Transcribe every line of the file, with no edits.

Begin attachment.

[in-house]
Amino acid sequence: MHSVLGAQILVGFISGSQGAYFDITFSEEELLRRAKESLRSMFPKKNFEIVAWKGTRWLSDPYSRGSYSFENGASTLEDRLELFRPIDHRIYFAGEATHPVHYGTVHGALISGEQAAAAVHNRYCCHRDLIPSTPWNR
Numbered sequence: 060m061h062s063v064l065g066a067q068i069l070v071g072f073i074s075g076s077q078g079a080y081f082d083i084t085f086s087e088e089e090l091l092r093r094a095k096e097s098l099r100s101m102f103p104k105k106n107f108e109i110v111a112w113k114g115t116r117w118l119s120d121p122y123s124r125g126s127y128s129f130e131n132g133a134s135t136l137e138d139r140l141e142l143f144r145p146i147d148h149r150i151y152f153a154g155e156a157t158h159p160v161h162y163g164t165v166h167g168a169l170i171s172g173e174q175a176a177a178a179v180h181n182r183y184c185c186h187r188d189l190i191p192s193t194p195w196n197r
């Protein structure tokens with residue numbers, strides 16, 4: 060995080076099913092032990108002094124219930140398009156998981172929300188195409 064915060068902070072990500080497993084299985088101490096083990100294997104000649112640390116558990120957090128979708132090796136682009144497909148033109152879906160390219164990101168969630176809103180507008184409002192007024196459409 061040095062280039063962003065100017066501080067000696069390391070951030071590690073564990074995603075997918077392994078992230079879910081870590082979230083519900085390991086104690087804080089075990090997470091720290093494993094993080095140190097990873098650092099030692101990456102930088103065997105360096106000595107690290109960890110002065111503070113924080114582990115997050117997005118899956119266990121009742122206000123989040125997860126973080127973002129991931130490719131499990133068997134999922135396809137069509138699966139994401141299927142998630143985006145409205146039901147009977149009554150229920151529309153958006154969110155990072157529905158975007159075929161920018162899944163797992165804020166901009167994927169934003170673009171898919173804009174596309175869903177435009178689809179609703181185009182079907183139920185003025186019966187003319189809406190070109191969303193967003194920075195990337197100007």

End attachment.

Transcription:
[in-house]
Amino acid sequence: MHSVLGAQILVGFISGSQGAYFDITFSEEELLRRAKESLRSMFPKKNFEIVAWKGTRWLSDPYSRGSYSFENGASTLEDRLELFRPIDHRIYFAGEATHPVHYGTVHGALISGEQAAAAVHNRYCCHRDLIPSTPWNR
Numbered sequence: 060m061h062s063v064l065g066a067q068i069l070v071g072f073i074s075g076s077q078g079a080y081f082d083i084t085f086s087e088e089e090l091l092r093r094a095k096e097s098l099r100s101m102f103p104k105k106n107f108e109i110v111a112w113k114g115t116r117w118l119s120d121p122y123s124r125g126s127y128s129f130e131n132g133a134s135t136l137e138d139r140l141e142l143f144r145p146i147d148h149r150i151y152f153a154g155e156a157t158h159p160v161h162y163g164t165v166h167g168a169l170i171s172g173e174q175a176a177a178a179v180h181n182r183y184c185c186h187r188d189l190i191p192s193t194p195w196n197r
């Protein structure tokens with residue numbers, strides 16, 4: 060995080076099913092032990108002094124219930140398009156998981172929300188195409 064915060068902070072990500080497993084299985088101490096083990100294997104000649112640390116558990120957090128979708132090796136682009144497909148033109152879906160390219164990101168969630176809103180507008184409002192007024196459409 061040095062280039063962003065100017066501080067000696069390391070951030071590690073564990074995603075997918077392994078992230079879910081870590082979230083519900085390991086104690087804080089075990090997470091720290093494993094993080095140190097990873098650092099030692101990456102930088103065997105360096106000595107690290109960890110002065111503070113924080114582990115997050117997005118899956119266990121009742122206000123989040125997860126973080127973002129991931130490719131499990133068997134999922135396809137069509138699966139994401141299927142998630143985006145409205146039901147009977149009554150229920151529309153958006154969110155990072157529905158975007159075929161920018162899944163797992165804020166901009167994927169934003170673009171898919173804009174596309175869903177435009178689809179609703181185009182079907183139920185003025186019966187003319189809406190070109191969303193967003194920075195990337197100007």